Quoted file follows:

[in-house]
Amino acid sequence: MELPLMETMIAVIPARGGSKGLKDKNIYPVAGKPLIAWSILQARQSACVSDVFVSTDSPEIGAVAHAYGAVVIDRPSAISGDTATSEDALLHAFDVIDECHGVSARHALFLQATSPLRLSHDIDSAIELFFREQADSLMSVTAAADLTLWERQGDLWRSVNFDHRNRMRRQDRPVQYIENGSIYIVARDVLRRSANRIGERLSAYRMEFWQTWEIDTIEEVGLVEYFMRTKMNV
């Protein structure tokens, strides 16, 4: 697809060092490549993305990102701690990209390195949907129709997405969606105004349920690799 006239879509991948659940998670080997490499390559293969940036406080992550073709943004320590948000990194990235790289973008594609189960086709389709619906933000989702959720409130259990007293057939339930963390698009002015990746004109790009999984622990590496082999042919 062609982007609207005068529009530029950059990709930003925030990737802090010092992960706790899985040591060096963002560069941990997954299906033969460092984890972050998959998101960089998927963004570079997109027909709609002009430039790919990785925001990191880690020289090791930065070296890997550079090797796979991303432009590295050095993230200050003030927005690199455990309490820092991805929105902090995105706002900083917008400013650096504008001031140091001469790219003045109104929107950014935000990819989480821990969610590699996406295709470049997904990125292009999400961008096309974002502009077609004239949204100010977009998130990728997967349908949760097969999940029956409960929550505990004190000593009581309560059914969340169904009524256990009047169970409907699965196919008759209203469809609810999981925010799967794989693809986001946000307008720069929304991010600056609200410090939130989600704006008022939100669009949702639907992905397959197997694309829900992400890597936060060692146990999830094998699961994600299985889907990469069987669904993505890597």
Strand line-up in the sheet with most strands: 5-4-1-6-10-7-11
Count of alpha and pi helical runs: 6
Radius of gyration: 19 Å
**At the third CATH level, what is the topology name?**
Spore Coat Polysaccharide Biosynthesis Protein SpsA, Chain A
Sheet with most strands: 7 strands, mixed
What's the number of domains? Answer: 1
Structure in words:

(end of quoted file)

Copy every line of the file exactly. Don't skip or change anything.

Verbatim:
[in-house]
Amino acid sequence: MELPLMETMIAVIPARGGSKGLKDKNIYPVAGKPLIAWSILQARQSACVSDVFVSTDSPEIGAVAHAYGAVVIDRPSAISGDTATSEDALLHAFDVIDECHGVSARHALFLQATSPLRLSHDIDSAIELFFREQADSLMSVTAAADLTLWERQGDLWRSVNFDHRNRMRRQDRPVQYIENGSIYIVARDVLRRSANRIGERLSAYRMEFWQTWEIDTIEEVGLVEYFMRTKMNV
């Protein structure tokens, strides 16, 4: 697809060092490549993305990102701690990209390195949907129709997405969606105004349920690799 006239879509991948659940998670080997490499390559293969940036406080992550073709943004320590948000990194990235790289973008594609189960086709389709619906933000989702959720409130259990007293057939339930963390698009002015990746004109790009999984622990590496082999042919 062609982007609207005068529009530029950059990709930003925030990737802090010092992960706790899985040591060096963002560069941990997954299906033969460092984890972050998959998101960089998927963004570079997109027909709609002009430039790919990785925001990191880690020289090791930065070296890997550079090797796979991303432009590295050095993230200050003030927005690199455990309490820092991805929105902090995105706002900083917008400013650096504008001031140091001469790219003045109104929107950014935000990819989480821990969610590699996406295709470049997904990125292009999400961008096309974002502009077609004239949204100010977009998130990728997967349908949760097969999940029956409960929550505990004190000593009581309560059914969340169904009524256990009047169970409907699965196919008759209203469809609810999981925010799967794989693809986001946000307008720069929304991010600056609200410090939130989600704006008022939100669009949702639907992905397959197997694309829900992400890597936060060692146990999830094998699961994600299985889907990469069987669904993505890597």
Strand line-up in the sheet with most strands: 5-4-1-6-10-7-11
Count of alpha and pi helical runs: 6
Radius of gyration: 19 Å
**At the third CATH level, what is the topology name?**
Spore Coat Polysaccharide Biosynthesis Protein SpsA, Chain A
Sheet with most strands: 7 strands, mixed
What's the number of domains? Answer: 1
Structure in words: